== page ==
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If you receive a letter from the IRS, you’re probably going to have a knee-jerk, instinctual fight-or-flight reaction. Just calm down, back off from that predictable response, and take a deep breath.

You’re not the first to receive a letter from the IRS.

Last year, more than 1.6 tax filers received letters notifying them of math errors alone. That’s more than the 1 million who were audited. The IRS sends notices and letters for these reasons:

  • You have a balance due
  • You are due a larger or smaller refund
  • They have questions about your return
  • They need to verify your identity
  • They need more information
  • They made a change to your return
  • They need to notify you of delays in processing your return

What should you do if you receive a letter from the IRS?

1. Read the envelope and the contents.

The first thing to do is check the return address to make sure it’s from the Internal Revenue Service. As basic as this may seem, don’t assume you know what’s in it, so read the letter or notice. The topic will be clear. The IRS usually covers a very specific issue about your account or a tax return. The IRS will normally let you know what they need, what they’re changing and will tell you if you need to reply and where to send the reply.

2. Don’t panic!

Most every list of tips puts this somewhere near the top. Fight or flight is a normal reaction to what appears to be an attack. In this case, fight translates into anger, and flight can become procrastination. Simply put, don’t let your temper cloud your judgment and don’t put off until later what should be handled immediately. Call us, we know what to do!

3.  Don’t call or write the IRS

Be careful about calling. You could be in for a long hold and an unrewarding outcome. Documentation of a phone call (or a personal visit) is critical. If you call and obtain an extension to the response deadline, or instructions other than those in the letter, immediately follow up with a letter to the IRS. Include the date and time of your call, the name and badge or ID number of the person you spoke with, and the referencing numbers of the letter you received (usually in the upper right corner). Also include a copy of the letter you received (you keep the original). Make a copy of the letter you send and keep that copy, too!  And remember, by starting a phone conversation and sending correspondence, you could be making matters much more complicated and stressful.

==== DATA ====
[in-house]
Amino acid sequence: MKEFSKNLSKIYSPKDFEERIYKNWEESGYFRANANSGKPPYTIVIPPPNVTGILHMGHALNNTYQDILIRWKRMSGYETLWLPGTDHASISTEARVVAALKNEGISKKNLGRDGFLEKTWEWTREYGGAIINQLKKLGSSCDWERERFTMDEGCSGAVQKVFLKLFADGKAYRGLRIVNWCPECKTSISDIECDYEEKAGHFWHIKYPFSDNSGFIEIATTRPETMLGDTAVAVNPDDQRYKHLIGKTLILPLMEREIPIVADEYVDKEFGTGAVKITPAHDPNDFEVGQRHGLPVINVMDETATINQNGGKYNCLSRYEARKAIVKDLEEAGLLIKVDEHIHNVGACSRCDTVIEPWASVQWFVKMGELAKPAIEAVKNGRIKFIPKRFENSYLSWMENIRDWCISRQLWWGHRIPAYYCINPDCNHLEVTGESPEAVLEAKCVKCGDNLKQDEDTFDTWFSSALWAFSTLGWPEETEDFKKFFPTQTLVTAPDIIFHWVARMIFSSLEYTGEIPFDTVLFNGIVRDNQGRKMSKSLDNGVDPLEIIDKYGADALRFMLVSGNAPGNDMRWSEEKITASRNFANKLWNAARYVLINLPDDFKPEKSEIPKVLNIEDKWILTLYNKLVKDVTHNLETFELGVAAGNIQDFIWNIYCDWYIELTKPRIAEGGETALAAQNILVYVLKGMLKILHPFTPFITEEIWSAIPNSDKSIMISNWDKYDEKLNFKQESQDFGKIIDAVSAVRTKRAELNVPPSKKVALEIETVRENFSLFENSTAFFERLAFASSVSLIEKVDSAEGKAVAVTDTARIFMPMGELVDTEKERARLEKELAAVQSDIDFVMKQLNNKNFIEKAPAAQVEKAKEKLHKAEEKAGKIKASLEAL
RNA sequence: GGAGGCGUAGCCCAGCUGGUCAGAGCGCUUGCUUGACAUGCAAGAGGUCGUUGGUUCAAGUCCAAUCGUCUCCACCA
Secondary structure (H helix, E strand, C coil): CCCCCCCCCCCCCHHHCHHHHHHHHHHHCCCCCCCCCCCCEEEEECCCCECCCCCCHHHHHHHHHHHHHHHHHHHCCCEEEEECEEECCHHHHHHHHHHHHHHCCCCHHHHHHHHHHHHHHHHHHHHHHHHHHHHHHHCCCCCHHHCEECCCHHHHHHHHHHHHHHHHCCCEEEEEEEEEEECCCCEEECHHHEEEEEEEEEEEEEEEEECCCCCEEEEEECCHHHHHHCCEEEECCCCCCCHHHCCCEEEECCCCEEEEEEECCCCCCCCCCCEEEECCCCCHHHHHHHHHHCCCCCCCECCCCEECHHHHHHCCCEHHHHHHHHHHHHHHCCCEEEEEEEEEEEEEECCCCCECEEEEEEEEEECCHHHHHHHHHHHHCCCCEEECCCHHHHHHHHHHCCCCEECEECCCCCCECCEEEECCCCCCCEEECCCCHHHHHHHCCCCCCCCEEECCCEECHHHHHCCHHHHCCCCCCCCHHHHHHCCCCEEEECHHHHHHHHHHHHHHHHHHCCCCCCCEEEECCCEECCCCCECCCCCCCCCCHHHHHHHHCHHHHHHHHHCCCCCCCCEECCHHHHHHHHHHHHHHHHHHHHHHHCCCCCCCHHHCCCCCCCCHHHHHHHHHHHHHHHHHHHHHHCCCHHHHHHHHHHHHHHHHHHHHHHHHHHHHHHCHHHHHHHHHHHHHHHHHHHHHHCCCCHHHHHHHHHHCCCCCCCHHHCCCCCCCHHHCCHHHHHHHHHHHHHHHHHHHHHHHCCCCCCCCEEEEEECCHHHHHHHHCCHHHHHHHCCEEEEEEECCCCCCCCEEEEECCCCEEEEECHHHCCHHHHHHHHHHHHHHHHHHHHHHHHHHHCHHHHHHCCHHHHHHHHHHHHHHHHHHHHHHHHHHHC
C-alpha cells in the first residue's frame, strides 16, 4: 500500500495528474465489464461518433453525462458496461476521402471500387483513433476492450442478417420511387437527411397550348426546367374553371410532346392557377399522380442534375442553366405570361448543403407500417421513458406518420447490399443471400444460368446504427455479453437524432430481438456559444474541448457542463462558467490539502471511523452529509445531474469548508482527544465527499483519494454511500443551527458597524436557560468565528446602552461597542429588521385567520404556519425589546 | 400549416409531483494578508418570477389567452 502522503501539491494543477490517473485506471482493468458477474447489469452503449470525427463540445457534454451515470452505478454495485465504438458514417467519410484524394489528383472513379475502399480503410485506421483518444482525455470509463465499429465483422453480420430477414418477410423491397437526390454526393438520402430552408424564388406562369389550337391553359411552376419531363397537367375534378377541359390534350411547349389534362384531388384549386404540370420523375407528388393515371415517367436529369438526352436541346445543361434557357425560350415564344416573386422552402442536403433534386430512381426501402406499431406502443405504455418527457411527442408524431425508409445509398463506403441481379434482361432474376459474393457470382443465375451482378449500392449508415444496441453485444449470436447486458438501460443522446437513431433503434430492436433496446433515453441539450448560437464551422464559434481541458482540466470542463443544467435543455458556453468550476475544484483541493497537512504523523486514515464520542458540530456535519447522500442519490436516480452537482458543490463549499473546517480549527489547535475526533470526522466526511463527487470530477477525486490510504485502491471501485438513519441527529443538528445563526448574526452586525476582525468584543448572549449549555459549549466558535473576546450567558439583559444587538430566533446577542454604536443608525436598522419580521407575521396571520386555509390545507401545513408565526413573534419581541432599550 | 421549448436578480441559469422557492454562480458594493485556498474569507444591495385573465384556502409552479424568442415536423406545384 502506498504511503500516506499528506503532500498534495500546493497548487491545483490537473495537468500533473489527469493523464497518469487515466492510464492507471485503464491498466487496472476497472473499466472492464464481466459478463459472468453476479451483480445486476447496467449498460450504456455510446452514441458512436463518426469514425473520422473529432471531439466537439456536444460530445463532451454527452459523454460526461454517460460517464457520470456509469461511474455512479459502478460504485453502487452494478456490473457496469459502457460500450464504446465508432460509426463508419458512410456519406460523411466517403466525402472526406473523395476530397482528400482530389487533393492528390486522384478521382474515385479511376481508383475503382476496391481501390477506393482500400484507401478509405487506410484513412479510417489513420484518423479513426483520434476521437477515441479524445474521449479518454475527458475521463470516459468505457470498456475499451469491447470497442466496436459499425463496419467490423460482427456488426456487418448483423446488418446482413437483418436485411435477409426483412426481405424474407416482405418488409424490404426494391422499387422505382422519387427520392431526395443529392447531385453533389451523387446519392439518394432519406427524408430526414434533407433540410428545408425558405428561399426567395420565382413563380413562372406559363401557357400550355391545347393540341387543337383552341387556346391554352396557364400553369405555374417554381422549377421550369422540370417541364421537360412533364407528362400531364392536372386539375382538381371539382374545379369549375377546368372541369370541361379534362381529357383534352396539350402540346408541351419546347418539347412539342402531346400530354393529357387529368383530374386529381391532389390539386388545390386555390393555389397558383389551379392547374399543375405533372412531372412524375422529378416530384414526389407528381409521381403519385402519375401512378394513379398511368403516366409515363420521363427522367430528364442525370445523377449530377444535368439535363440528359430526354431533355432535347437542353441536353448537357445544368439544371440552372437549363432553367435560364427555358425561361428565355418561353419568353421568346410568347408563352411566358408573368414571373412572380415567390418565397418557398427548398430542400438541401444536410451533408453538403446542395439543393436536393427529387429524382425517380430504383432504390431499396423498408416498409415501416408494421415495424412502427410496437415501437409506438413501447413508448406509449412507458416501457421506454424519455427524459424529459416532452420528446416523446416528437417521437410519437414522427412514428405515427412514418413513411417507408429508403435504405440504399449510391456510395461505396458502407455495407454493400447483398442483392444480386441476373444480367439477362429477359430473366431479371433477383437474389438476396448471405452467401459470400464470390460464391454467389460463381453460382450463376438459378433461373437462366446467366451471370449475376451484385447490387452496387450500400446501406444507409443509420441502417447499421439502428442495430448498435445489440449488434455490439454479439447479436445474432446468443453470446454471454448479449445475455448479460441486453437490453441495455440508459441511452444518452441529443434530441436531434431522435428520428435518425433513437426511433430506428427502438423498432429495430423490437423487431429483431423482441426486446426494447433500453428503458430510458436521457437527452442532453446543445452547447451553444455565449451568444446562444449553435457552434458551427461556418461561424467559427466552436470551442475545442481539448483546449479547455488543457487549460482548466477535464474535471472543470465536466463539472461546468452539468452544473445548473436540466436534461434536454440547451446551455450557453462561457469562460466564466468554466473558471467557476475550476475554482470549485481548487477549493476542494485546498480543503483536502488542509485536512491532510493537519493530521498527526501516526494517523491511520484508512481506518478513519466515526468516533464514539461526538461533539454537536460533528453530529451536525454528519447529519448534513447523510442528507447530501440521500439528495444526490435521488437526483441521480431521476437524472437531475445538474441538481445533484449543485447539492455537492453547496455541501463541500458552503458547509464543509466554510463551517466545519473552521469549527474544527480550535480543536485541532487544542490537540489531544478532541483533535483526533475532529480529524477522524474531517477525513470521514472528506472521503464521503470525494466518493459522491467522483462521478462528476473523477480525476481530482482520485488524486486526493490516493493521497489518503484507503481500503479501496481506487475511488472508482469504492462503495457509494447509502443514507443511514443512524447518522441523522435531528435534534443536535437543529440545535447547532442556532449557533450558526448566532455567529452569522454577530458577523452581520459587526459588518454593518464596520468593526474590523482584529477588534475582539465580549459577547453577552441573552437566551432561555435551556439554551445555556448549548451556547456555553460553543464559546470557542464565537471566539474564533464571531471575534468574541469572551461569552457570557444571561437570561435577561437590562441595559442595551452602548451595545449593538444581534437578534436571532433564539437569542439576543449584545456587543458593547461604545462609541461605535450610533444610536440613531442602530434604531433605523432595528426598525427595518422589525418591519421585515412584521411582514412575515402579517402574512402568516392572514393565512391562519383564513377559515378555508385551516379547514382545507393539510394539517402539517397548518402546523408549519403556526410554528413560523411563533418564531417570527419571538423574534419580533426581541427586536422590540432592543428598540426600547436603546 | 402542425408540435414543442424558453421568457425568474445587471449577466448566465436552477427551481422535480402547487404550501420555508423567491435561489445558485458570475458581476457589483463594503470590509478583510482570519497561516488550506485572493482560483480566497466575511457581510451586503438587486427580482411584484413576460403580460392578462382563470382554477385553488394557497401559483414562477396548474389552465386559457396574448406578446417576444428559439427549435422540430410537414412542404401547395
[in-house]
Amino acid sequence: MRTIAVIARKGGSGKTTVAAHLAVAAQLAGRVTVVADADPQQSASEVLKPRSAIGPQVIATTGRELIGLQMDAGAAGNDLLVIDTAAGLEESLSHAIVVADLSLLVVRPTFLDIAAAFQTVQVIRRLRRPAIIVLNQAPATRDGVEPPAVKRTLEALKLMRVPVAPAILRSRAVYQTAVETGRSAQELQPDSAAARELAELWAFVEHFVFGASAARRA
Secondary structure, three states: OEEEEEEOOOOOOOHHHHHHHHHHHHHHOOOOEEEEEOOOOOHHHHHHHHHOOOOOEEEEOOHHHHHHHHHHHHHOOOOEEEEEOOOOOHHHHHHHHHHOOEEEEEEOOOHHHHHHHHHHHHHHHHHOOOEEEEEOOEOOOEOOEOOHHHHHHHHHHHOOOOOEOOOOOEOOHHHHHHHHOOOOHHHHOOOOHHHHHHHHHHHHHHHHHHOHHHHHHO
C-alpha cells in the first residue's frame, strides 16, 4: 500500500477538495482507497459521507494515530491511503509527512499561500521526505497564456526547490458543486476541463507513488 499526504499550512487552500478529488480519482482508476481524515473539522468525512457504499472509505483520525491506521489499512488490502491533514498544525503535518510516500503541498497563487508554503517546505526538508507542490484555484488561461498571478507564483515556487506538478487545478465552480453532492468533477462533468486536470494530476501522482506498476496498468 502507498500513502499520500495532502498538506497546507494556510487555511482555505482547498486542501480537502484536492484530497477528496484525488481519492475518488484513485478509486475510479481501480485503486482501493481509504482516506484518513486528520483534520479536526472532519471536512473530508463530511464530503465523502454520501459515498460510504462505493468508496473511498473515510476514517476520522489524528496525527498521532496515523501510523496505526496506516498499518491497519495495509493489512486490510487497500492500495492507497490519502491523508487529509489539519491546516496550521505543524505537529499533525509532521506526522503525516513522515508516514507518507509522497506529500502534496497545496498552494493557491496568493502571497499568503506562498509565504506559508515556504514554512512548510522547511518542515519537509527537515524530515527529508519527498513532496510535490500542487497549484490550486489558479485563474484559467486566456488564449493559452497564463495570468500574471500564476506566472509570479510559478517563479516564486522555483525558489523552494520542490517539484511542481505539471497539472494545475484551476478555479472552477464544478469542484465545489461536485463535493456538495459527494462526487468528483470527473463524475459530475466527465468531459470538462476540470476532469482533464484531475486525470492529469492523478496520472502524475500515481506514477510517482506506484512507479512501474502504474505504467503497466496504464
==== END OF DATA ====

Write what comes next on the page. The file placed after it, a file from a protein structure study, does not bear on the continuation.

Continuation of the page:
4.  Contact your tax preparer or a tax professional immediately

My clients know we want and need to be contacted immediately if they receive a letter or notice from the IRS. We can handle it. If your notice or letter requires a response by a specific date, there are two main reasons for you to comply:

  • to minimize any additional or potential interest and penalty charges, and
  • to preserve your appeal rights if you don’t agree

Don’t take the chance of putting yourself in a worse situation. The IRS doesn’t assume you’re innocent until proven guilty or wrong. It’s the other way around.

As your CPA, we have the ability to represent you. Representation rights, also known as practice rights, fall into two categories:

  • Unlimited Representation
  • Limited Representation

Unlimited representation rights allow a credentialed tax professional/practitioner to represent you before the IRS on any tax matter. This is true no matter who prepared your return. Credentialed tax professionals who have unlimited representation rights include:

Limited representation rights authorize a proper tax preparer to represent you if, and only if, they prepared and signed the return. They can do this only before IRS revenue agents, customer service representatives and similar IRS employees.

5.  The IRS agents are tax professionals.

So are we, and we have unlimited representation rights. Every year new clients come to us because they are either being audited or have received a letter from the IRS. As your CPA tax professionals, we work with you throughout the year so you’re in control, you’re proactive rather than reactive. Here are some tax prep things you can do now. And here’s the Golden Rule for your tax strategy.

What’s the bottom line?

We establish and maintain a personal and business relationship with our clients. We know that Your LIFE Is Your Business, and Your BUSINESS Is Your Life, and we take both very seriously. If you have questions, schedule an appointment with us now. Remember, nobody wants to receive a letter from the IRS, but when it happens, contact us.

Call 479.478.6831 or schedule an appointment using my Calendly Page (it’s easy!) or contact me by email melanie@radcliffcpa.com

You may also find these topics interesting:

Straight from the IRS

Who can represent you?

Understanding tax professional credentials

Don’t wave red flags at the IRS

Proactive tax strategy is for businesses and individuals

 

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